5th Annual Georgetown Latin American Film Festival (GLAFF)
This past April 5th, 6th, and 7th, the School of Foreign Service LatAm Council and Center for Latin American Studies hosted the 5th Annual Latin American Film Festival, featuring three fantastic Central American documentaries. The Film Festival attracted between 75 and 170 excited attendees each night over course of the three-day event, with representatives from the Georgetown, policymaking, and the greater-Washington academic communities.
The Film Festival opened with a pre-screening reception in the ICC Galleria. Employees of several Latin American embassies and prominent NGOs staffed tables promoting study and travel in the region. Attendees enjoyed traditional Brazilian brigadeiro and pão de queijo as they got to know one another and shared their love of film.
First Lady of the Revolution kicked off the Film Festival with a screening in the ICC Auditorium. The film follows the astounding life of South Carolina-born and Alabama-raised Henrietta Boggs, who would become the First Lady of Costa Rica upon her 1941 marriage to Jose 'Don Pepe' Figueres. Her tenure as First Lady led to a decade-long journey through activism, exile and political upheaval and, ultimately, lasting progressive reforms. The screening concluded with a panel moderated by Director of Center for Latin American Studies, Father Matthew Carnes, Ambassador Roman Macaya Hayes, Former Ambassador Muni Figueres, and James Mirabello, the Production Manager for the documentary.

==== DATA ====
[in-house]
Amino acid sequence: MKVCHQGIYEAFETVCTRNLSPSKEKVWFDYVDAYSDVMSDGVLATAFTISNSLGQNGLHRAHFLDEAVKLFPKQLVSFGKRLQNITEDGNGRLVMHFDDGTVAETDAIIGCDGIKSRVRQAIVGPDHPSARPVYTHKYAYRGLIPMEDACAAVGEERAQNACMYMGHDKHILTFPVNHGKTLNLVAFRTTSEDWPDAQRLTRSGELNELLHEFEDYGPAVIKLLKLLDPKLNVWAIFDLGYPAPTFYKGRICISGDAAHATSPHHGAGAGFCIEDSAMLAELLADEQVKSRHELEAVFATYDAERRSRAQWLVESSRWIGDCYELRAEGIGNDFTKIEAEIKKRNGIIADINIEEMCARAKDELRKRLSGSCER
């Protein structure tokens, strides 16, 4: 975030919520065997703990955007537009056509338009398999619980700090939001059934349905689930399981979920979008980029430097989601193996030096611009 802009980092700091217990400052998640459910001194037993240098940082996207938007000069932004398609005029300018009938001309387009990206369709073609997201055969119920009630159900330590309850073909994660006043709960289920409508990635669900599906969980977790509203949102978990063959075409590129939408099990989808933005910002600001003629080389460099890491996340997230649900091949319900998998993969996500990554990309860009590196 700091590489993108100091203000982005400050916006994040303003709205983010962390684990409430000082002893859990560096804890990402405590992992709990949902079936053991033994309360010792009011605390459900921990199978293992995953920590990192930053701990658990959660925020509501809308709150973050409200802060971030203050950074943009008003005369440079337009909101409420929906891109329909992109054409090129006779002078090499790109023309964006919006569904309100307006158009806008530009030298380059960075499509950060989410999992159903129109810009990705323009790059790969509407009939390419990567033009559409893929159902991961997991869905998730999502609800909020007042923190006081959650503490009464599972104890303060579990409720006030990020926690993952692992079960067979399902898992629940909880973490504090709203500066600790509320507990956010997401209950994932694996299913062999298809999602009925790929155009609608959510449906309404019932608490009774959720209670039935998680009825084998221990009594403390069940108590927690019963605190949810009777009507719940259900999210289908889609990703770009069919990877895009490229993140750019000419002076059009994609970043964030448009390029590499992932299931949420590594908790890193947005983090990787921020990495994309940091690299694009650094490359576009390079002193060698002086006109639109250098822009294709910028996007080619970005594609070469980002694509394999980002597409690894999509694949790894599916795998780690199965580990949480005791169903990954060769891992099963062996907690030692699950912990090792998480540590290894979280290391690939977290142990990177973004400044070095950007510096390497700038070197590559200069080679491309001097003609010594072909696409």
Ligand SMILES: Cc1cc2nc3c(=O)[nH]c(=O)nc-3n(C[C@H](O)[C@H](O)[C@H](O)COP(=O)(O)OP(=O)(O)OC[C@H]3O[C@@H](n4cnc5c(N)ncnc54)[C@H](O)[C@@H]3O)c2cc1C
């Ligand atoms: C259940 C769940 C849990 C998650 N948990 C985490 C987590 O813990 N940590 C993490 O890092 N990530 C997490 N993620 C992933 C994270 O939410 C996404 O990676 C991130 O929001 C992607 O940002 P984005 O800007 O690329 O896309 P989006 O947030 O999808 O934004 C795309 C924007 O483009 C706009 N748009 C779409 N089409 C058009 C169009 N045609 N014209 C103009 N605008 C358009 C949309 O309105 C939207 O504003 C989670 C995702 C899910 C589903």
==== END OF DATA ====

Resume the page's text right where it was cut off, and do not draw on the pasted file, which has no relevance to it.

Olancho, directed by Georgetown’s own Christopher Valdes, packed the Pre-Clinical Science Building Auditorium on Friday evening with over 170 attendees. Olancho is the story of a group of musicians who perform for the powerful drug cartels in Honduras. Their songs glorify the traffickers who have destroyed their country, and who sometimes threaten the lives of their loved ones. The film captures the both thrilling and terrifying power dynamics between the band and the cartels as it follows the bandmates’ tours through the province and one member’s eventual flight to safety. This captivating screening culminated in a panel moderated by Professor Anna Deeny, featuring Christopher Valdes and Mónica Oehler Toca, a representative from Inter-American Commission on Human Rights.
Dreaming Nicaragua closed the three-day festival with an amazing screening in the Healy Family Student Center on Saturday. Dreaming Nicaragua is a film set in rural Nicaragua that follows four children living in extreme poverty. The movie's plot moves with the travels of an art teacher who provides a creative outlet for the students to escape the stresses of their reality and let themselves dream of a better future - a future free from the vicious cycle of hunger, child labor, and violence. Despite the extreme circumstances, the children and their families face their lives with an inspiring unity, strength and humor. A panel moderated by Marcela Perez, Director of Grants at Fabretto, featuring Marcelo Bukin, Director, and Amy Ostrander from Project Concern International ended what was an engaging three-day experience with film and emotions.
The LatAm Council and Center for Latin American Studies would like to thank all who attended the film screenings, the panelists who enriched these fascinating films, and the staff and students who made the Film Festival possible in the first place. We look forward to seeing everyone next year at the 6th Annual Latin American Film Festival in April 2019!